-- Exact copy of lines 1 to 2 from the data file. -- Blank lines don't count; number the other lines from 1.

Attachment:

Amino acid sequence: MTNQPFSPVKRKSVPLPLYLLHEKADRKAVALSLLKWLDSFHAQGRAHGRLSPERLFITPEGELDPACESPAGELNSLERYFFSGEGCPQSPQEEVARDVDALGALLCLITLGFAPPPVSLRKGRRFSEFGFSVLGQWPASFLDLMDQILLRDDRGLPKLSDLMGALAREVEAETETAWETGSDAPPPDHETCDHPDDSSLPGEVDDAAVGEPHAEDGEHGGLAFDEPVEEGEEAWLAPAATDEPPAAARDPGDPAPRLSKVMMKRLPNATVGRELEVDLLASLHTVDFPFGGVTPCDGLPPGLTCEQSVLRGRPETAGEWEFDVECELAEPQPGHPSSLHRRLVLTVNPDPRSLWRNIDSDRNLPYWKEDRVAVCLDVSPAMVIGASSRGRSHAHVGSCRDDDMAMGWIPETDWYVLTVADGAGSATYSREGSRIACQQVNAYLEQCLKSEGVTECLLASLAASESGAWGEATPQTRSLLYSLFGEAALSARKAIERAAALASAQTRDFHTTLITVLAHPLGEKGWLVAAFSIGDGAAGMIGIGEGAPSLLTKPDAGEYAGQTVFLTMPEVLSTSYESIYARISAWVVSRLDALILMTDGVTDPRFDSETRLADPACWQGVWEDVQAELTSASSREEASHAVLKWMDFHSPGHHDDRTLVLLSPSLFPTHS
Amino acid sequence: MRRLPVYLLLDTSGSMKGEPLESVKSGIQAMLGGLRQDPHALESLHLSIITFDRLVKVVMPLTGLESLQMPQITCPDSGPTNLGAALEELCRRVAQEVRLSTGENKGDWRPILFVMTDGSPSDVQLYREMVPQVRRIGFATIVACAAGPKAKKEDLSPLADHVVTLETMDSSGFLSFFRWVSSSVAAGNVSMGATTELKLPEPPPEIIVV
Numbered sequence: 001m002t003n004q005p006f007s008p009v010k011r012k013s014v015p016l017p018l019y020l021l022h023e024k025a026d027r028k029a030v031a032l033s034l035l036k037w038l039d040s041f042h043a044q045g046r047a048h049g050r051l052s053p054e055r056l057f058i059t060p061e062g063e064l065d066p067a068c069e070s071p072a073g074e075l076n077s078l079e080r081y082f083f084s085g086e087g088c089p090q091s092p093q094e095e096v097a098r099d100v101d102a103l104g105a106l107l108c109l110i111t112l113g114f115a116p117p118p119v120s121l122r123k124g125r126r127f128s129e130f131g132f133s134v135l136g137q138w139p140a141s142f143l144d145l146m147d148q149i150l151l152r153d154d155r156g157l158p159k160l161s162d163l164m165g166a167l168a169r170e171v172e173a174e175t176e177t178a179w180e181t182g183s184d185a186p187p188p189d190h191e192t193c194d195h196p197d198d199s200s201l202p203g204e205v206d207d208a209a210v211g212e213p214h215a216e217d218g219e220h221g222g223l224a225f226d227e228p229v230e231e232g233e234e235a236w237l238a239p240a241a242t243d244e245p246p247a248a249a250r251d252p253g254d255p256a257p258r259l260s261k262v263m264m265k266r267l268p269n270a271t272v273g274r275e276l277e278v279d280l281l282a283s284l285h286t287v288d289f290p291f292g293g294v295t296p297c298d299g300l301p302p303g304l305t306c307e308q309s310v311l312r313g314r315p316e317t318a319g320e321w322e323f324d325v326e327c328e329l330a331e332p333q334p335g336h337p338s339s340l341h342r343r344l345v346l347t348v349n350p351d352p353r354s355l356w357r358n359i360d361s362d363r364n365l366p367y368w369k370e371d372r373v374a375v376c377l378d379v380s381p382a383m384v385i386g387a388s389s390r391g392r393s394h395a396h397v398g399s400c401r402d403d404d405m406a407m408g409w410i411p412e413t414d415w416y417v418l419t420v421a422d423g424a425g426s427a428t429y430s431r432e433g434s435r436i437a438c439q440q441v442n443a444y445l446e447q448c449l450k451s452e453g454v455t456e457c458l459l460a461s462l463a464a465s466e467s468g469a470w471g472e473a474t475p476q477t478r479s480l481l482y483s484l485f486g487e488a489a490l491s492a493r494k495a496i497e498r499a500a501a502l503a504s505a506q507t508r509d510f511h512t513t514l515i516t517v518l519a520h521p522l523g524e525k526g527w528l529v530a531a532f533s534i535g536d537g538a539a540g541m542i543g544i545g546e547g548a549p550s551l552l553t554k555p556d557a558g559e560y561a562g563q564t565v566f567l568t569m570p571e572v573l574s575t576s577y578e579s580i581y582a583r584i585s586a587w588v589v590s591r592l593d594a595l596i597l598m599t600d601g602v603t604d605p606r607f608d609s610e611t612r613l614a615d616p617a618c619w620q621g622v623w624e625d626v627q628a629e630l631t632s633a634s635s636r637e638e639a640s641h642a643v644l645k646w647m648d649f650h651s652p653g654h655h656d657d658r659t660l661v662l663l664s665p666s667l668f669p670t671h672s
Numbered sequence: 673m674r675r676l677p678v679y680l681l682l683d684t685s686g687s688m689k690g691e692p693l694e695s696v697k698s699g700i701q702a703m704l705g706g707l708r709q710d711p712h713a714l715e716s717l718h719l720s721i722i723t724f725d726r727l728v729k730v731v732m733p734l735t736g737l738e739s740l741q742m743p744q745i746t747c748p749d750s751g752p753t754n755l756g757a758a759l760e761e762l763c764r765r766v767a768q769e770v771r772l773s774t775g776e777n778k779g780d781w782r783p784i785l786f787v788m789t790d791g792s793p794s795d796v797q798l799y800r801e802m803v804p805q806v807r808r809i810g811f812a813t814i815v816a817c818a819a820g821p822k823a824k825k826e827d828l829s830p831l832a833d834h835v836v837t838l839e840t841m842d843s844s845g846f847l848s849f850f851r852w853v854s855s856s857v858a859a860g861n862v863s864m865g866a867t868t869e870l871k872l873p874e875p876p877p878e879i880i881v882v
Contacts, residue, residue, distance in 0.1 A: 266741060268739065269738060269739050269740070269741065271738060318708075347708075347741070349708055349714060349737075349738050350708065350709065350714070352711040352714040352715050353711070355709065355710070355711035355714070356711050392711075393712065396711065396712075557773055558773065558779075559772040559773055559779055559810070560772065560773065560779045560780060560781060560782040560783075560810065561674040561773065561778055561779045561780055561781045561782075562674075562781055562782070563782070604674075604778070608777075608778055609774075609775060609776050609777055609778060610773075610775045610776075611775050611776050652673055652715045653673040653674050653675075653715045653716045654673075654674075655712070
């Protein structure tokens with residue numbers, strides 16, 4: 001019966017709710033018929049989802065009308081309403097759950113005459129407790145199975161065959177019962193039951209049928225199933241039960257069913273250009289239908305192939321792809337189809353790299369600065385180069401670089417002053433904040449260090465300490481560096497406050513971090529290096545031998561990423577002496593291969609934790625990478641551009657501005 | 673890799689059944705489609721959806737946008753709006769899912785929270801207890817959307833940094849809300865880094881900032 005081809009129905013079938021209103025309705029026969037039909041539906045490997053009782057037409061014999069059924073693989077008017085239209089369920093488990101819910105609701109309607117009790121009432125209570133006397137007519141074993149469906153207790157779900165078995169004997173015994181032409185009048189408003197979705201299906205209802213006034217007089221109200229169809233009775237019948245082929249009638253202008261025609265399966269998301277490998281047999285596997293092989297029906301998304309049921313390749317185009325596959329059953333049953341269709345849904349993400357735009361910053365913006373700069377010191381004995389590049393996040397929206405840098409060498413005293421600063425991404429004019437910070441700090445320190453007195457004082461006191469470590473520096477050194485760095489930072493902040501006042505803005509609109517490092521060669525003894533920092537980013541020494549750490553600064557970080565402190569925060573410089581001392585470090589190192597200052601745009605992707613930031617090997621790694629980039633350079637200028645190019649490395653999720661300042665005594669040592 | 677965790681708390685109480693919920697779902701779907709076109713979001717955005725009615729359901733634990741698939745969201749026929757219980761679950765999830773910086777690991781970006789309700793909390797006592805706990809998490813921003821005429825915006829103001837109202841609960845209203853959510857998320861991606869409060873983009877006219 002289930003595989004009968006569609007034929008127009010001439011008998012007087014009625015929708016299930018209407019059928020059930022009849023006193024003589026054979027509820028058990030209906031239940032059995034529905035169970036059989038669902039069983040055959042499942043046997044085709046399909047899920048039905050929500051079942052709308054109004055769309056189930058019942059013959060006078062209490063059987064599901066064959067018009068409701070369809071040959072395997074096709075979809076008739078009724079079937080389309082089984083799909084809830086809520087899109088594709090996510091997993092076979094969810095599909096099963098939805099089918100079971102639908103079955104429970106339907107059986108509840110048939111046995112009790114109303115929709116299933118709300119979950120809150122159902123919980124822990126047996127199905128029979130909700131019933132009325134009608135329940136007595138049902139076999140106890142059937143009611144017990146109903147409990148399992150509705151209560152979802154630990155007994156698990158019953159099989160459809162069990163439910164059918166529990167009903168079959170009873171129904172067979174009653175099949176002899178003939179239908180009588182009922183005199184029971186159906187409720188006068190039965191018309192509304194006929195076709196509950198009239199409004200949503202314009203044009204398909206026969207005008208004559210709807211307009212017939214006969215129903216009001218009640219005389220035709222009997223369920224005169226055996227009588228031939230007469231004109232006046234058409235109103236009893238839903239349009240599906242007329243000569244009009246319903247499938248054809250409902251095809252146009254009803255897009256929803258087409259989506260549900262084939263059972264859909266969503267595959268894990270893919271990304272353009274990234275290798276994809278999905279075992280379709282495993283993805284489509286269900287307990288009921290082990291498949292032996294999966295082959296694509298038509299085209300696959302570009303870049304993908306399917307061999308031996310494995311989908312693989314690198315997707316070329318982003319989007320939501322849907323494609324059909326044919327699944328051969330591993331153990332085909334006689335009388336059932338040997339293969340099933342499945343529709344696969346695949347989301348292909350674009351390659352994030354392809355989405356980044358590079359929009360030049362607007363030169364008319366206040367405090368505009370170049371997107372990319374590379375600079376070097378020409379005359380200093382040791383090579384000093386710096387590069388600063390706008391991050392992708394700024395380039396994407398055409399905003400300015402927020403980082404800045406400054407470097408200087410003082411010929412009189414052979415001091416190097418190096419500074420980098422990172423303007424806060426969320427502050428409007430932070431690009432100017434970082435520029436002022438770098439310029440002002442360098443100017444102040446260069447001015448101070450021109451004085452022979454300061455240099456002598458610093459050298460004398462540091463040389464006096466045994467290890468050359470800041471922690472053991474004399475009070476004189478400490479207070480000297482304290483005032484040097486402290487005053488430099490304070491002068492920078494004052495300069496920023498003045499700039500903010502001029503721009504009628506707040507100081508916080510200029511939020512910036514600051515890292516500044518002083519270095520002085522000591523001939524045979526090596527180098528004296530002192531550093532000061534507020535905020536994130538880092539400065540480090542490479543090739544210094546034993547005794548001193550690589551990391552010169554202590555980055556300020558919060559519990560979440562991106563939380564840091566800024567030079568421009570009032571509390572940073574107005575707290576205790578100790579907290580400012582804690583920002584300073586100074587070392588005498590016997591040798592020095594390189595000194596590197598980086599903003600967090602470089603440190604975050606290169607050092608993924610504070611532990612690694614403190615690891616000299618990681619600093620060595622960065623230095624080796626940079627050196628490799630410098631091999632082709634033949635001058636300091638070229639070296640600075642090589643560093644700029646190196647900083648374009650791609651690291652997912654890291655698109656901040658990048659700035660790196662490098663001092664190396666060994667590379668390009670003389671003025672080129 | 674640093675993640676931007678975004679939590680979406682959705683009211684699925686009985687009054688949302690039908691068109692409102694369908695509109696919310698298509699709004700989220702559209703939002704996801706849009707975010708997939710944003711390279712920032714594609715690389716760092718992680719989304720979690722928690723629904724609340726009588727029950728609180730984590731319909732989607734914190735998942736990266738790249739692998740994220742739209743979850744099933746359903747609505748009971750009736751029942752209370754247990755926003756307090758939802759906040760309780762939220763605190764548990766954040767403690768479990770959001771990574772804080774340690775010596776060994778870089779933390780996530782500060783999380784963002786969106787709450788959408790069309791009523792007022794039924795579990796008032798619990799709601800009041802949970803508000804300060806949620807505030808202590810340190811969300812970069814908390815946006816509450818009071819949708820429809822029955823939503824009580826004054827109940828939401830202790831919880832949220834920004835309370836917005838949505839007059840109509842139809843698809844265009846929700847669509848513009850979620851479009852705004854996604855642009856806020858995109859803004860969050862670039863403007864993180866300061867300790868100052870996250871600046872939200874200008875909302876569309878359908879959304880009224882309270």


Amino acid sequence: MTNQPFSPVKRKSVPLPLYLLHEKADRKAVALSLLKWLDSFHAQGRAHGRLSPERLFITPEGELDPACESPAGELNSLERYFFSGEGCPQSPQEEVARDVDALGALLCLITLGFAPPPVSLRKGRRFSEFGFSVLGQWPASFLDLMDQILLRDDRGLPKLSDLMGALAREVEAETETAWETGSDAPPPDHETCDHPDDSSLPGEVDDAAVGEPHAEDGEHGGLAFDEPVEEGEEAWLAPAATDEPPAAARDPGDPAPRLSKVMMKRLPNATVGRELEVDLLASLHTVDFPFGGVTPCDGLPPGLTCEQSVLRGRPETAGEWEFDVECELAEPQPGHPSSLHRRLVLTVNPDPRSLWRNIDSDRNLPYWKEDRVAVCLDVSPAMVIGASSRGRSHAHVGSCRDDDMAMGWIPETDWYVLTVADGAGSATYSREGSRIACQQVNAYLEQCLKSEGVTECLLASLAASESGAWGEATPQTRSLLYSLFGEAALSARKAIERAAALASAQTRDFHTTLITVLAHPLGEKGWLVAAFSIGDGAAGMIGIGEGAPSLLTKPDAGEYAGQTVFLTMPEVLSTSYESIYARISAWVVSRLDALILMTDGVTDPRFDSETRLADPACWQGVWEDVQAELTSASSREEASHAVLKWMDFHSPGHHDDRTLVLLSPSLFPTHS
Amino acid sequence: MRRLPVYLLLDTSGSMKGEPLESVKSGIQAMLGGLRQDPHALESLHLSIITFDRLVKVVMPLTGLESLQMPQITCPDSGPTNLGAALEELCRRVAQEVRLSTGENKGDWRPILFVMTDGSPSDVQLYREMVPQVRRIGFATIVACAAGPKAKKEDLSPLADHVVTLETMDSSGFLSFFRWVSSSVAAGNVSMGATTELKLPEPPPEIIVV